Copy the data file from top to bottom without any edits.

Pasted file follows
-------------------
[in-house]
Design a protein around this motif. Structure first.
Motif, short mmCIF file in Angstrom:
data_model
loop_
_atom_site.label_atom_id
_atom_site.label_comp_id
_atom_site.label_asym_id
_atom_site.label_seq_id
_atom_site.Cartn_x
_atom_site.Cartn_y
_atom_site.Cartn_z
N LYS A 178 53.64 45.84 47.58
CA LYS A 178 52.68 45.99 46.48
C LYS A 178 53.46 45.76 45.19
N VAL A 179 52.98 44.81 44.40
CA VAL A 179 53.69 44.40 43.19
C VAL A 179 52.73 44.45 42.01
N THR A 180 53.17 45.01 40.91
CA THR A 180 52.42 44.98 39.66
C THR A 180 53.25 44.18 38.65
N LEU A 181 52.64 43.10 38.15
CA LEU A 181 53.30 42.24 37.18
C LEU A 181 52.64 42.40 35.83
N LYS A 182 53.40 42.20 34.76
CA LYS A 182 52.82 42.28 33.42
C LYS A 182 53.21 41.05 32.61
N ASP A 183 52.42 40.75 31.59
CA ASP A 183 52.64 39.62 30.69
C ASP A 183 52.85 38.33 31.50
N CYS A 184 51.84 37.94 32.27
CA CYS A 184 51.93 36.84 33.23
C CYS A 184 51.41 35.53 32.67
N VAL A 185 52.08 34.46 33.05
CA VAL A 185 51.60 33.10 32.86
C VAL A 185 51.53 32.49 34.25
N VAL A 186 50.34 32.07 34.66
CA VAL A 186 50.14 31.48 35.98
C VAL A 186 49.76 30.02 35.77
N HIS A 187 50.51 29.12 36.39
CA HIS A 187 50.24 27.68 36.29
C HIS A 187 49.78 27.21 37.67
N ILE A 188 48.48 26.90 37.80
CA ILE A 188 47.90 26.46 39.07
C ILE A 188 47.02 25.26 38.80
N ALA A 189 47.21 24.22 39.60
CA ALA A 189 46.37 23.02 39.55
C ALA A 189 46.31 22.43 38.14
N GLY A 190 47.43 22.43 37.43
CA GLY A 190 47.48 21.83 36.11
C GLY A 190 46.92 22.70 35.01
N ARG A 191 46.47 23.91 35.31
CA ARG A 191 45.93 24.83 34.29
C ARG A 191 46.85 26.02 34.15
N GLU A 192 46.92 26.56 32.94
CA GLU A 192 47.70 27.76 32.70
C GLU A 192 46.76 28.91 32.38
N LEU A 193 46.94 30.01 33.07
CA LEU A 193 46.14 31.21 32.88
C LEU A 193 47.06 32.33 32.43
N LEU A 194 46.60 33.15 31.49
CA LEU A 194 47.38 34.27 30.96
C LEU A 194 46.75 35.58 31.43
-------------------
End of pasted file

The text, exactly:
[in-house]
Design a protein around this motif. Structure first.
Motif, short mmCIF file in Angstrom:
data_model
loop_
_atom_site.label_atom_id
_atom_site.label_comp_id
_atom_site.label_asym_id
_atom_site.label_seq_id
_atom_site.Cartn_x
_atom_site.Cartn_y
_atom_site.Cartn_z
N LYS A 178 53.64 45.84 47.58
CA LYS A 178 52.68 45.99 46.48
C LYS A 178 53.46 45.76 45.19
N VAL A 179 52.98 44.81 44.40
CA VAL A 179 53.69 44.40 43.19
C VAL A 179 52.73 44.45 42.01
N THR A 180 53.17 45.01 40.91
CA THR A 180 52.42 44.98 39.66
C THR A 180 53.25 44.18 38.65
N LEU A 181 52.64 43.10 38.15
CA LEU A 181 53.30 42.24 37.18
C LEU A 181 52.64 42.40 35.83
N LYS A 182 53.40 42.20 34.76
CA LYS A 182 52.82 42.28 33.42
C LYS A 182 53.21 41.05 32.61
N ASP A 183 52.42 40.75 31.59
CA ASP A 183 52.64 39.62 30.69
C ASP A 183 52.85 38.33 31.50
N CYS A 184 51.84 37.94 32.27
CA CYS A 184 51.93 36.84 33.23
C CYS A 184 51.41 35.53 32.67
N VAL A 185 52.08 34.46 33.05
CA VAL A 185 51.60 33.10 32.86
C VAL A 185 51.53 32.49 34.25
N VAL A 186 50.34 32.07 34.66
CA VAL A 186 50.14 31.48 35.98
C VAL A 186 49.76 30.02 35.77
N HIS A 187 50.51 29.12 36.39
CA HIS A 187 50.24 27.68 36.29
C HIS A 187 49.78 27.21 37.67
N ILE A 188 48.48 26.90 37.80
CA ILE A 188 47.90 26.46 39.07
C ILE A 188 47.02 25.26 38.80
N ALA A 189 47.21 24.22 39.60
CA ALA A 189 46.37 23.02 39.55
C ALA A 189 46.31 22.43 38.14
N GLY A 190 47.43 22.43 37.43
CA GLY A 190 47.48 21.83 36.11
C GLY A 190 46.92 22.70 35.01
N ARG A 191 46.47 23.91 35.31
CA ARG A 191 45.93 24.83 34.29
C ARG A 191 46.85 26.02 34.15
N GLU A 192 46.92 26.56 32.94
CA GLU A 192 47.70 27.76 32.70
C GLU A 192 46.76 28.91 32.38
N LEU A 193 46.94 30.01 33.07
CA LEU A 193 46.14 31.21 32.88
C LEU A 193 47.06 32.33 32.43
N LEU A 194 46.60 33.15 31.49
CA LEU A 194 47.38 34.27 30.96
C LEU A 194 46.75 35.58 31.43